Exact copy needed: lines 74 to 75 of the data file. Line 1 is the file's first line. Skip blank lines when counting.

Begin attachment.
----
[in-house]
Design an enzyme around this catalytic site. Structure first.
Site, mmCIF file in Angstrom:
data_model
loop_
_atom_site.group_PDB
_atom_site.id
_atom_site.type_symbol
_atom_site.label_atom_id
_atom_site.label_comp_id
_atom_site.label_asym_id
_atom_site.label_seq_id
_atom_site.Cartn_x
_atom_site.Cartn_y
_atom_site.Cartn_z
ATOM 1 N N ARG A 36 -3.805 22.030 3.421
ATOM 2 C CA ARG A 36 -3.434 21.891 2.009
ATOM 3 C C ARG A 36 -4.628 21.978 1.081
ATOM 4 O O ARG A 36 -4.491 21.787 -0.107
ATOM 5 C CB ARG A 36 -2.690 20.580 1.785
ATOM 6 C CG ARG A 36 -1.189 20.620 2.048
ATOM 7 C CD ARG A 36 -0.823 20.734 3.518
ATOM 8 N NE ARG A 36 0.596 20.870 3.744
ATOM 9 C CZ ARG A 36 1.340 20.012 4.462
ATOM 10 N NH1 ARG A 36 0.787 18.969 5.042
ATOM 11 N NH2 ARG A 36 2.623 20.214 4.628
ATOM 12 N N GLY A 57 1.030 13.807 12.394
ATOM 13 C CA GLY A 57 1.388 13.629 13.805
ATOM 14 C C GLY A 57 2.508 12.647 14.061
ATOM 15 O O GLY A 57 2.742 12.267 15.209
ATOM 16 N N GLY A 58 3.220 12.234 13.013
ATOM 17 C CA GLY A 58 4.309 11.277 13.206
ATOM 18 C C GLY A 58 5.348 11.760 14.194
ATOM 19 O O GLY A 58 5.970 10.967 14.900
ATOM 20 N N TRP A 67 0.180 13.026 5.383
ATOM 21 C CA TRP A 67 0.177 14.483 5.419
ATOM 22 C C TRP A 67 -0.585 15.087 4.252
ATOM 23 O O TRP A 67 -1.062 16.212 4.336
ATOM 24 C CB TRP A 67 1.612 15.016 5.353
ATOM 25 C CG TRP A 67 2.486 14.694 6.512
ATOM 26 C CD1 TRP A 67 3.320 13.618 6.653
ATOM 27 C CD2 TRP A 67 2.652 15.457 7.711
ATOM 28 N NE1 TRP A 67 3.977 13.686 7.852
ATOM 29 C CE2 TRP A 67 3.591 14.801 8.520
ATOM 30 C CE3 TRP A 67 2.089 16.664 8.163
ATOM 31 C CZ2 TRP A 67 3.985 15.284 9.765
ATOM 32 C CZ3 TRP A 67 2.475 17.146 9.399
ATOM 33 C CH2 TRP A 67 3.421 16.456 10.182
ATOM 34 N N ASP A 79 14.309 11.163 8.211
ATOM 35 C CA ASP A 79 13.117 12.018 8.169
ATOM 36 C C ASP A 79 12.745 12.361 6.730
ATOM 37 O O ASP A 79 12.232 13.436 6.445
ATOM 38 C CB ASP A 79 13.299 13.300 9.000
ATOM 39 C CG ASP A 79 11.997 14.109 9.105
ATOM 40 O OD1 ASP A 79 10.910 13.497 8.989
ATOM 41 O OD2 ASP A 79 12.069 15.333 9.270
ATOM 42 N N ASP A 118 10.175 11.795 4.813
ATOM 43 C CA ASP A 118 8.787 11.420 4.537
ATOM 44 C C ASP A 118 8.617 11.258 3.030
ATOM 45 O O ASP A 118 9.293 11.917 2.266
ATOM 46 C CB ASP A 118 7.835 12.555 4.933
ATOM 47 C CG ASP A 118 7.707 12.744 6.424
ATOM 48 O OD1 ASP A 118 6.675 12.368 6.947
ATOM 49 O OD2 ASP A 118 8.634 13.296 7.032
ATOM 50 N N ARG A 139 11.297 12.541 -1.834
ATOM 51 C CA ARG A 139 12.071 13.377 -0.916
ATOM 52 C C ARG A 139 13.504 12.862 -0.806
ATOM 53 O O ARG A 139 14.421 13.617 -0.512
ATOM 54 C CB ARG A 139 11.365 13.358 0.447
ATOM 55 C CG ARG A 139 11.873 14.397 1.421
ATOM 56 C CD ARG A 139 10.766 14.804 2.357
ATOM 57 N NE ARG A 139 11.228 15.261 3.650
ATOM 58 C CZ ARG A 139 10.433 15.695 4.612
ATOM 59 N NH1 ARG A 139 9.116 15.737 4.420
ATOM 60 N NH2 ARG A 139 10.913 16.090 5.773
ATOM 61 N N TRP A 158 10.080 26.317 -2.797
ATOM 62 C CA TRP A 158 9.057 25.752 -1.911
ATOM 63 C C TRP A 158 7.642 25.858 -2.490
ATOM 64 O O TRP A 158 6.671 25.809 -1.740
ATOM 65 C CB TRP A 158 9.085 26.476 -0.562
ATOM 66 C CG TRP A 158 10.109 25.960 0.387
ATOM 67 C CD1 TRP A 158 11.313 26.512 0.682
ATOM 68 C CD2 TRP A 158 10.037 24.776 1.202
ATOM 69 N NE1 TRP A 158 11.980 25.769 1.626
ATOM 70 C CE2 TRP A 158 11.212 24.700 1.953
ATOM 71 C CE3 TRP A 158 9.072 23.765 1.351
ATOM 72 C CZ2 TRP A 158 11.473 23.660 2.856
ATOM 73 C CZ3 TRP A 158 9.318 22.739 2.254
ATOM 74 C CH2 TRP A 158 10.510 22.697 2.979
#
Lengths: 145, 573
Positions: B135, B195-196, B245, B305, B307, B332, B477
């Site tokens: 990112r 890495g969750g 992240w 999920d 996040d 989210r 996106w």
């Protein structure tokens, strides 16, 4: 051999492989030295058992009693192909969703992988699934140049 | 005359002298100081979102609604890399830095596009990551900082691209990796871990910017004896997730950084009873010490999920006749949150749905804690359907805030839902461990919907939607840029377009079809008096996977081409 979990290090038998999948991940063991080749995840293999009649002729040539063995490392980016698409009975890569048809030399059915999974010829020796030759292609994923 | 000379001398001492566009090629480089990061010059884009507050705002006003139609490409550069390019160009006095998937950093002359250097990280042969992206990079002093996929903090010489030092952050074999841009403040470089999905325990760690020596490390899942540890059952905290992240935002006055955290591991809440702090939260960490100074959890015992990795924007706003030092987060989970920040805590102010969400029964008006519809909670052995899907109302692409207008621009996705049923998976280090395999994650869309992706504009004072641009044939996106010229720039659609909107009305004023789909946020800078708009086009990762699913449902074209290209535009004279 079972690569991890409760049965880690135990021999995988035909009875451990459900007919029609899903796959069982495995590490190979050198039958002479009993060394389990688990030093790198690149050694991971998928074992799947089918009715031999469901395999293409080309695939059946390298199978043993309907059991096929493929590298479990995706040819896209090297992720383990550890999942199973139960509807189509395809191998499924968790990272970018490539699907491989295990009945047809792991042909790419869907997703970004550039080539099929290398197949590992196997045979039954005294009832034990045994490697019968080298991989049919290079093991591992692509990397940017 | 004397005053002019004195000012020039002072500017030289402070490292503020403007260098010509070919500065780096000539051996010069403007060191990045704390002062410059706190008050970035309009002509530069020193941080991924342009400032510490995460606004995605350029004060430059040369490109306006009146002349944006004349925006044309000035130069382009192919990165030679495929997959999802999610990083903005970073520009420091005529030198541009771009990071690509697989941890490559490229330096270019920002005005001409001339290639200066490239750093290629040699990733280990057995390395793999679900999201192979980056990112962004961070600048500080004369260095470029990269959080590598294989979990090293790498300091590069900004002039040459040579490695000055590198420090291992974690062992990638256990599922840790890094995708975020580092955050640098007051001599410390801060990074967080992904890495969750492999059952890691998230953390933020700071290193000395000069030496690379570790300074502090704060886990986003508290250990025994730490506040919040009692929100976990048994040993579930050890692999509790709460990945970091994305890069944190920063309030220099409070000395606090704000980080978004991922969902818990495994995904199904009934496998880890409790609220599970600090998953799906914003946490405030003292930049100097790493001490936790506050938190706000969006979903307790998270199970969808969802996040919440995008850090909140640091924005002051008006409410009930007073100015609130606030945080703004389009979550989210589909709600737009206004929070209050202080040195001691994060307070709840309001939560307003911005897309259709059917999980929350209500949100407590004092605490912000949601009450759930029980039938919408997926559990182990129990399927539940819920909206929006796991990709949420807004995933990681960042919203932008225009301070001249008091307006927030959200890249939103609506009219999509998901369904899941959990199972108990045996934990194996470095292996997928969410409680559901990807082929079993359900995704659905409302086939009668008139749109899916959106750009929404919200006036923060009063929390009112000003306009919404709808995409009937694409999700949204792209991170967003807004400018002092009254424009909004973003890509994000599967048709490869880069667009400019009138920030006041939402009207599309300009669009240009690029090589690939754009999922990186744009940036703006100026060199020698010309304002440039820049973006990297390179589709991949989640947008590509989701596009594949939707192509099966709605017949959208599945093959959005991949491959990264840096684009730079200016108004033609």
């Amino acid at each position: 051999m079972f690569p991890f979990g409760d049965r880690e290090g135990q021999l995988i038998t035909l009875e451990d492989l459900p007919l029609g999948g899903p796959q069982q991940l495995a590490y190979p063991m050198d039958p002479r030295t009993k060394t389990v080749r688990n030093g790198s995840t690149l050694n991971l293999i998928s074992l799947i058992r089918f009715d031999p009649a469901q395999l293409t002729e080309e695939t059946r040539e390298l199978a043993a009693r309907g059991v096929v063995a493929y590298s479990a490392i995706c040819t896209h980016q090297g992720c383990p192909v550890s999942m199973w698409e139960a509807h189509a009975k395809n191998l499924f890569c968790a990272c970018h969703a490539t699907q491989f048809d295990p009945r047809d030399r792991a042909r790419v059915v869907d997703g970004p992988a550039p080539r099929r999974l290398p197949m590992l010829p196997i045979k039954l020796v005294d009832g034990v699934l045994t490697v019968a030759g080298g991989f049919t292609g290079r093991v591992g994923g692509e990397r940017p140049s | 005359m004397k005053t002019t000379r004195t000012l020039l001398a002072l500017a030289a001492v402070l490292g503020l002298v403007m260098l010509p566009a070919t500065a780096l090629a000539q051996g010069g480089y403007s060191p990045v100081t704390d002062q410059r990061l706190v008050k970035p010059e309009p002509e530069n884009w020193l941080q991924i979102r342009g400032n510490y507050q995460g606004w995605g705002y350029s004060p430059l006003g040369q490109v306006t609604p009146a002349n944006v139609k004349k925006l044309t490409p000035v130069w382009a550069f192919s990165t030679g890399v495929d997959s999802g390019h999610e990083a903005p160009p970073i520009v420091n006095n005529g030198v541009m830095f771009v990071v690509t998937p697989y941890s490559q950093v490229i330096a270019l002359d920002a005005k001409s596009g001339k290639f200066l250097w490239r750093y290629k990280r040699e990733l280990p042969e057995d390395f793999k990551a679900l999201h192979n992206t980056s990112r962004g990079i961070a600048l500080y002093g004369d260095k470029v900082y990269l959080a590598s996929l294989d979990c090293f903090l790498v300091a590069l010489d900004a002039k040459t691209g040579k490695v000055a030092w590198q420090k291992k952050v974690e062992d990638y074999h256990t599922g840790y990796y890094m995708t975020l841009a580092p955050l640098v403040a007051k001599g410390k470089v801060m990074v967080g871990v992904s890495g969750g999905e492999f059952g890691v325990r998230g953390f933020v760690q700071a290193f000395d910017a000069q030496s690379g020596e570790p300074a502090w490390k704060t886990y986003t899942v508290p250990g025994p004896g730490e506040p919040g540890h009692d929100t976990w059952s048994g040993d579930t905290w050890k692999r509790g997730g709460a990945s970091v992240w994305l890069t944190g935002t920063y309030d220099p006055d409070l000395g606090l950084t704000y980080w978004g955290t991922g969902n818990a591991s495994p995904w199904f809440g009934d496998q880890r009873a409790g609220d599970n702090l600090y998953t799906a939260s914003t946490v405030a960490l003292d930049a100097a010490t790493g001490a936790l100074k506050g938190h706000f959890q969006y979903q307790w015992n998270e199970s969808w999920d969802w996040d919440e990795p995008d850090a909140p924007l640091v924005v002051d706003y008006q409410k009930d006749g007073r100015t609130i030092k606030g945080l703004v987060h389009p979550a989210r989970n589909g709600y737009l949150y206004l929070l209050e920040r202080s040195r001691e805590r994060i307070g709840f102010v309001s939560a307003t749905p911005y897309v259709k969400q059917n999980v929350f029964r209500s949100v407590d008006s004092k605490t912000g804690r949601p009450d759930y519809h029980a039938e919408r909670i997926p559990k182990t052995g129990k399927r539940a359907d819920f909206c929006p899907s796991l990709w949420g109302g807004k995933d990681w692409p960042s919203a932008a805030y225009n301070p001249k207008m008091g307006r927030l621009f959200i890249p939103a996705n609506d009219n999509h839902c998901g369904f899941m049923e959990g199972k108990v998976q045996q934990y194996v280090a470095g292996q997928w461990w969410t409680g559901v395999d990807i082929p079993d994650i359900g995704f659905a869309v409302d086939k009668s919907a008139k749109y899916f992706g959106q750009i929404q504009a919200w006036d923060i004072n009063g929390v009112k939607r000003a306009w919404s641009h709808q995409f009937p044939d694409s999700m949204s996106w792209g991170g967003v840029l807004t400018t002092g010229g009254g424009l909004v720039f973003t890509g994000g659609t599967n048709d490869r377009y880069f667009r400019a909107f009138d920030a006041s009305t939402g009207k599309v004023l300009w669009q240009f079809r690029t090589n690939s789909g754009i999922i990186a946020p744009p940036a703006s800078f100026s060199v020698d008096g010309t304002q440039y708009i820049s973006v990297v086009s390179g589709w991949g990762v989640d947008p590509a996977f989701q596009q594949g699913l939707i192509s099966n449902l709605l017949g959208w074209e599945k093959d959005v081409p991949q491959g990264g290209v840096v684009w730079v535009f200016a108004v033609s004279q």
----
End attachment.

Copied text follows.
ATOM 59 N NH1 ARG A 139 9.116 15.737 4.420
ATOM 60 N NH2 ARG A 139 10.913 16.090 5.773